An Roinn Oideachais agus Scileanna
Department of Education and Skills
Subject Inspection of Social Personal and Health Education (SPHE)
Our Lady of Lourdes Secondary School
Rosbercon, New Ross, County Wexford
Roll number: 63630O
Date of inspection: 08 May 2009
Report on the Quality of Learning and Teaching in Social, Personal and Health Education (SPHE)
This report has been written following a subject inspection in Our Lady of Lourdes Secondary School. It presents the findings of an evaluation of the quality of teaching and learning in SPHE (including Relationships and Sexuality Education) and makes recommendations for the further development of the teaching of this subject in the school. The evaluation was conducted over one day during which the inspector visited classrooms and observed teaching and learning. The inspector interacted with students and teachers, examined studentsí work, and had discussions with the teachers. The inspector reviewed school planning documentation and teachersí written preparation. Following the evaluation visit, the inspector provided oral feedback on the outcomes of the evaluation to the principal and subject teachers. The board of management was given an opportunity to comment in writing on the findings and recommendations of the report, and the response of the board will be found in the appendix of this report.
Our Lady of Lourdes Secondary School is a voluntary secondary school for girls with a current enrolment of 350 students. Classes are organised into mixed-ability settings. SPHE is appropriately provided as a core subject on the curriculum for all junior cycle students. The time provision and the timetable arrangements for the subject are in line with Circular Letter M11/03. Relationships and Sexuality Education (RSE) is provided as part of the SPHE programme at junior cycle. Appropriate time is provided for the delivery of RSE at senior cycle, with topics delivered through the religious education (RE) and guidance programmes. A number of SPHE-related topics are integrated into the Young Social Innovators (YSI) and RE programmes of work as part of the Transition Year (TY) programme. The provision of SPHE and RSE modules for all year groups is good practice as it continues to provide systematic support for students as they grow and mature.
A caring atmosphere prevails within the school community, which is founded on the principle of respect for all. As part of the whole-school approach to SPHE, the co-ordinator ensures close links are maintained with senior management and the pastoral-care team. SPHE is viewed as an integral component of the schoolís pastoral-care programme and teachers who are deployed to teach the subject possess the necessary skills to deliver a comprehensive programme to meet the needs of the student community. SPHE is delivered by a core team of three teachers and it is good practice that these teachers are assigned to teach the subject following consultation. In addition, every effort is made, where appropriate, for teachers to retain their assigned class groups from first year to third year. It is commendable that teachers also teach another subject to their class groups. This good practice enables a consistent pedagogical approach to be developed from year to year and regular contact with their class groups ensures that teachers can develop a positive rapport with their students. This helps to establish an open and trusting learning environment that is central to learning in SPHE.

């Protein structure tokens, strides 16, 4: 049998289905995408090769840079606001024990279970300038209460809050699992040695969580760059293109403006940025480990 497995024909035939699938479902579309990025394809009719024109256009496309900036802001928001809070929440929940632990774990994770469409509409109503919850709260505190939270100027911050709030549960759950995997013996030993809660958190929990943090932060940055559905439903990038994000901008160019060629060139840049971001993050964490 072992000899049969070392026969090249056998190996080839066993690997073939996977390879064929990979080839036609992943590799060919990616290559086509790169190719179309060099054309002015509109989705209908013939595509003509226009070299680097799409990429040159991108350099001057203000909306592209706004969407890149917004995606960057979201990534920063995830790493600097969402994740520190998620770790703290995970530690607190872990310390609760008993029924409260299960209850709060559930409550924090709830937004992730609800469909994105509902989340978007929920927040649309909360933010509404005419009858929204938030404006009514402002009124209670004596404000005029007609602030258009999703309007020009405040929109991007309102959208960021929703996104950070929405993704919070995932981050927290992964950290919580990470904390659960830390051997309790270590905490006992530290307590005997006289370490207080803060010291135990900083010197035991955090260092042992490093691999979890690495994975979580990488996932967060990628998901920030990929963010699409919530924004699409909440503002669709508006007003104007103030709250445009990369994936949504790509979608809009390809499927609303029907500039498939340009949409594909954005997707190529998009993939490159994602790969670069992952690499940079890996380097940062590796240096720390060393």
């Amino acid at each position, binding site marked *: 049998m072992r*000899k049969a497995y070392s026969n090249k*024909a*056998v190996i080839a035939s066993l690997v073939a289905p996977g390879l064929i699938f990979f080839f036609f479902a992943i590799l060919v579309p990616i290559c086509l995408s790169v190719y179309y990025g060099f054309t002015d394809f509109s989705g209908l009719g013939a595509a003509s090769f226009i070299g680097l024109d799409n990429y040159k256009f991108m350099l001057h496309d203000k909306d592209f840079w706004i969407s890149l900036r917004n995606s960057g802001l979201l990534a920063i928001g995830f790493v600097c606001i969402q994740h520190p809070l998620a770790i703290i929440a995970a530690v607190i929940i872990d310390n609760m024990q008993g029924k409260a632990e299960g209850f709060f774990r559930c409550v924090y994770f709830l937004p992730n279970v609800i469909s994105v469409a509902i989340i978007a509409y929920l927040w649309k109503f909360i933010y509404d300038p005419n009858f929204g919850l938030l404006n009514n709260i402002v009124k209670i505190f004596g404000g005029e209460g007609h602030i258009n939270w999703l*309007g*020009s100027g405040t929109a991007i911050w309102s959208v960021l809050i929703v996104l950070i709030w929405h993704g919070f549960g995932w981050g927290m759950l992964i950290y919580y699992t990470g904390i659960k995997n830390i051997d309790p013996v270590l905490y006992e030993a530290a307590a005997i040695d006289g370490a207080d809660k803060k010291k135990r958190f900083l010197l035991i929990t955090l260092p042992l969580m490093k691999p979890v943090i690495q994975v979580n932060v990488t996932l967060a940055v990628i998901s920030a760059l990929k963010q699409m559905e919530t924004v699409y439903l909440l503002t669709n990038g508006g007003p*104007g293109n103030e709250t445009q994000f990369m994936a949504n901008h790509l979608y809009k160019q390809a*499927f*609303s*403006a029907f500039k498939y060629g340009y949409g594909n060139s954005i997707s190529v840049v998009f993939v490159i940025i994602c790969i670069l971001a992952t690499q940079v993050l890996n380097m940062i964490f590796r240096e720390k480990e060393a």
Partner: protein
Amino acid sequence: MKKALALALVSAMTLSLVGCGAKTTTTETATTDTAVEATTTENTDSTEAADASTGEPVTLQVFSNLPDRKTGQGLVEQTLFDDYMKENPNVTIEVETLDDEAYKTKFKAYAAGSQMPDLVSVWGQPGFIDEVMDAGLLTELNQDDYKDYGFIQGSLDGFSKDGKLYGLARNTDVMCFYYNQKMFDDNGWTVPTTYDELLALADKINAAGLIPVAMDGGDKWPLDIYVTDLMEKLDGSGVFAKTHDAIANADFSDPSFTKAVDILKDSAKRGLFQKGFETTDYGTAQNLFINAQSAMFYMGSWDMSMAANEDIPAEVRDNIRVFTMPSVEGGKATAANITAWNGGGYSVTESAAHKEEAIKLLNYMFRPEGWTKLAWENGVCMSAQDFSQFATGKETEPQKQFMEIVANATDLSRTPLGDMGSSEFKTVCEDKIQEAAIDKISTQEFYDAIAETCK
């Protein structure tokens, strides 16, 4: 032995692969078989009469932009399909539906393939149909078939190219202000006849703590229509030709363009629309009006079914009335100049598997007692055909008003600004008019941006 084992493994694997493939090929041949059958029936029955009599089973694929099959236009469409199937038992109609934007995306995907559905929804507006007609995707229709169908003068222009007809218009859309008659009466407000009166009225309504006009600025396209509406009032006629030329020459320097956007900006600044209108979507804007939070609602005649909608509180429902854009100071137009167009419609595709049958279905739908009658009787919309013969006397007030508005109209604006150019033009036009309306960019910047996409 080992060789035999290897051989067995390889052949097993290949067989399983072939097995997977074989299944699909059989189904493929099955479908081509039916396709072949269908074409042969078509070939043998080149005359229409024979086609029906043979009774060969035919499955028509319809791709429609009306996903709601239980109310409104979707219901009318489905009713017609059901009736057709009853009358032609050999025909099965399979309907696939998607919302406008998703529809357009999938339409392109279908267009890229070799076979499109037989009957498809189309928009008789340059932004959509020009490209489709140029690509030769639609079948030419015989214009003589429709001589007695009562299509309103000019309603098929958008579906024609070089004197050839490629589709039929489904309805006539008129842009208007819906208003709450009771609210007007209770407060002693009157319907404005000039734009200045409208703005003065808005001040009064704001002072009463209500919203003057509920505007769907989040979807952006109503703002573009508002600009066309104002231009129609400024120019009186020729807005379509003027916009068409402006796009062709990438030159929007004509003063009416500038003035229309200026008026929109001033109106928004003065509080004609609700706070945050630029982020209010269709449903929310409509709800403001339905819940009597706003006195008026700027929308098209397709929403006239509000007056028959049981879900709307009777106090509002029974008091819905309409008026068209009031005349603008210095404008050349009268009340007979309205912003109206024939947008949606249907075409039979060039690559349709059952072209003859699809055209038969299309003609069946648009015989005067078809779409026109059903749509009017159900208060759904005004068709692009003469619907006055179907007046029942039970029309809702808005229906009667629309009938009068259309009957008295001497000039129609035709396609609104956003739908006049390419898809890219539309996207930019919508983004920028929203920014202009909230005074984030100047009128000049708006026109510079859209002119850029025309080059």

Management encourages continuing professional development (CPD) and teachers are facilitated to attend the range of in-service courses offered by the SPHE Support Service. This is commended, as this specialised in-service training is necessary to support the ongoing successful implementation of the subject. It is commendable that records of attendance at in-service and the particular type of training received are maintained. The incremental approach taken by the school to teachersí professional development in SPHE and RSE is good practice, which ensures the continued expansion of teachersí knowledge and skills. Consideration should be given to inviting additional members of staff, who may be interested in teaching the subject in the future, to participate in the SPHE introductory in-service. In this way the school can continue to build its professional capacity and whole-school approach to SPHE. †